that the clock is working but disappointed that it is not striking. “When the clock was repaired it would make this loud bong! bong! sound and we would know the time,” said Towers. “Now we have to go outside and look up or ask someone on the outside to give us the time,” added Lugg. White grew up with the sound of the clock and learned from early to count the “bongs” to know the time, without looking up. “Not everybody can read the time but you can always count, that is why we need the striking sound,” she added. For Mr. Dennis Hickings, Chairman of the St. Ann’s Bay Heritage Committee, the clock is one of the most important heritage monuments in the parish and that is why it is featured on the front page of their brochure. “We miss the chime everyone, even the fishermen, would know what time it is when they are at sea as the sound travels far.” On Emancipation Day, August 1, 1838, when the clock struck midnight, the slaves from surrounding estates took their shackles and branding items and buried them in the cemetery of the neighbouring Baptist church. And again, in 1962 at the stroke of midnight, the British Union Jack was lowered and the back, green and gold of independent Jamaica rose on the flag staff across from the clock. One Million dollars Will the clock strike again? That is the million dollar question. The price tag to get the intricate rope cable dual mechanism functional is estimated to cost over a million dollars. The other question is why is the clock not listed as one of Jamaica’s national heritage sites?


FEATURED PROJECTS

among youth, which will be fostered through interclub and interdivisional games and playoffs,� he said.

The   JN   Member   Advisory   Councils   were   established   in   all    JNBS   Branches   and   JN   Money   Shops   across   the   island    to   give   JN   members   and   employees   the   opportunity   to    become   change   agents   in   their   respective   communities.    The   MACs   identify   and   select   developmental   projects    for   funding   by   the   JNBS   Foundation.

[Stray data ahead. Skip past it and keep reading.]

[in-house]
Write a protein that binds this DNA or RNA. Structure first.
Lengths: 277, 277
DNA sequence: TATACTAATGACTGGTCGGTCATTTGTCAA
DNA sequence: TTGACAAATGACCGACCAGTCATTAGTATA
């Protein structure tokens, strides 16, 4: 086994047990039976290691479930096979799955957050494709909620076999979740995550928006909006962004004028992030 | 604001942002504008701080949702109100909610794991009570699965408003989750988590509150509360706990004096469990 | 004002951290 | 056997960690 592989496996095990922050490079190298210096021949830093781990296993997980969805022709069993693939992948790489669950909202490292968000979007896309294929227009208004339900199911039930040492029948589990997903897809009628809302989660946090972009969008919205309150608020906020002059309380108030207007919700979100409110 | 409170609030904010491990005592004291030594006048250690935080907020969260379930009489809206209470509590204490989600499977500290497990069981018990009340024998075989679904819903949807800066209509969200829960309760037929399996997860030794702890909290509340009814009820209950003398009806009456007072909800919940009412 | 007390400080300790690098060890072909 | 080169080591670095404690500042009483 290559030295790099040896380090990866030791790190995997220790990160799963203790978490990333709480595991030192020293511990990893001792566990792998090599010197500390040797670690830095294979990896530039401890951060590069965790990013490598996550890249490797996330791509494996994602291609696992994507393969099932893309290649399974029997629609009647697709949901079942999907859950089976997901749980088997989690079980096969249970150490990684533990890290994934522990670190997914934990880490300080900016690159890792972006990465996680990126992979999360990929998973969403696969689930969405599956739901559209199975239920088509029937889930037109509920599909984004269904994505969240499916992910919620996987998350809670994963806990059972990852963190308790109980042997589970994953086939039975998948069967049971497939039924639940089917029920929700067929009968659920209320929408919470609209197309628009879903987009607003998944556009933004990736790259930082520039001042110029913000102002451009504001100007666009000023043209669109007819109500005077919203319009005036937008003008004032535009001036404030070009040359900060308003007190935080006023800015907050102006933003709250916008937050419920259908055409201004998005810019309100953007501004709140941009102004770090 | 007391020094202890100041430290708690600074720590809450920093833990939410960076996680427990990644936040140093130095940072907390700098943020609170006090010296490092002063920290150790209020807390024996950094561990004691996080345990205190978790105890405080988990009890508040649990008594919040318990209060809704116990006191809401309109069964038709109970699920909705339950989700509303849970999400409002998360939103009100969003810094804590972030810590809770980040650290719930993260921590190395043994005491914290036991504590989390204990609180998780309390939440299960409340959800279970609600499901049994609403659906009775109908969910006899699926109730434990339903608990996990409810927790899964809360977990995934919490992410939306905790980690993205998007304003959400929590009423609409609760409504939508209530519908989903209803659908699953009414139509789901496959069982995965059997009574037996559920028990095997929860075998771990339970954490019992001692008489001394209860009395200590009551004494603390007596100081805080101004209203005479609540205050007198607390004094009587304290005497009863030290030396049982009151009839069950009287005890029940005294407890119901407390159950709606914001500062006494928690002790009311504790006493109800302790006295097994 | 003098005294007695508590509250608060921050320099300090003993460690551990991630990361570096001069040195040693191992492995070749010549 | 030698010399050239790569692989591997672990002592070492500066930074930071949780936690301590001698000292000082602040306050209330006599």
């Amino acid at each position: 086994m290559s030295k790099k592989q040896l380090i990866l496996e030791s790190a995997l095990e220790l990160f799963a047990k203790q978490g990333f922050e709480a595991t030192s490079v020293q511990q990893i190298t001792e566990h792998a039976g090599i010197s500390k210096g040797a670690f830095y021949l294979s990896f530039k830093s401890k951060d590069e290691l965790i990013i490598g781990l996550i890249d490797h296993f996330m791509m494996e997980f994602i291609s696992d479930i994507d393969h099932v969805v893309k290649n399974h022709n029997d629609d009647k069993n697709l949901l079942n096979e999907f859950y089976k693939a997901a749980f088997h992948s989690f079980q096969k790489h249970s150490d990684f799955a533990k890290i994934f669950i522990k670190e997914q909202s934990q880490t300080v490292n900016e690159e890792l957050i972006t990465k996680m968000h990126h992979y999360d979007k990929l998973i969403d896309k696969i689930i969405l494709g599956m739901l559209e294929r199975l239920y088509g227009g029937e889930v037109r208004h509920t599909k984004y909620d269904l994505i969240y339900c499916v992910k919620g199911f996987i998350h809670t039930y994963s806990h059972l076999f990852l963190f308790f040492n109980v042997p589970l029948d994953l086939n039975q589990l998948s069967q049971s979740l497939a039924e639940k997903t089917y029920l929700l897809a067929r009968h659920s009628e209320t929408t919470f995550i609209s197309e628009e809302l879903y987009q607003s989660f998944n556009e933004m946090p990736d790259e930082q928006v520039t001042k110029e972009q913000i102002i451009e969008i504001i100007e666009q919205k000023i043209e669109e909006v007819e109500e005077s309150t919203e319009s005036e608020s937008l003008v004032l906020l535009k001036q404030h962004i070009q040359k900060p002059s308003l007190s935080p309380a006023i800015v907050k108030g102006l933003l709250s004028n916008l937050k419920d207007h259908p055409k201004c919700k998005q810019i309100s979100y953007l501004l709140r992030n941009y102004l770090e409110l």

JN Half-Way-Tree Bolsters Police-Community Relations

Cornwall College Drum Corps ready to perform, again

Sports and education have been facilitating more harmonious relations between the Police and residents of Maverley and its surrounding communities for almost two years, says Chad Morgan, Vice President of the Maverley Police Youth Club. Since November 2009, Police personnel and young people between the ages of seven and 31 have benefitted from sporting and educational activities that continue to “unify its members and attract others to the Club,� he said. Now 60 registered members strong, the Police Youth Club, which meets weekly, is moving to enhance its sports programme through the establishment of a “In addition to the multipurpose court in the anticipated Maverley Flowers Park. improvements in PoliceWith a $120,000 grant from Jamaica community relations, National Building Society’s we look forward to (JNBS) Half-Way-Tree other outcomes, such as Branch, the court has been increased team work, painted and equipped with backboards, hoops, nets sportsmanship and and posts. character building...� “We expect that this project will enhance and uplift our community by way of providing infrastructural and human development through sports,� Mr. Morgan said, adding that, “Members of the Club and others in the community will be able to participate in basketball, netball, volleyball and badminton.� Orett Douglas, Manager of JNBS Half-Way-Tree explains that the project was selected for funding by the JN Member Advisory Council (MAC). The Council, he says, is comprised of members of the building society and JNBS branch employees. “In addition to the anticipated improvements in Policecommunity relations, we look forward to other outcomes, such as increased team work, sportsmanship and character building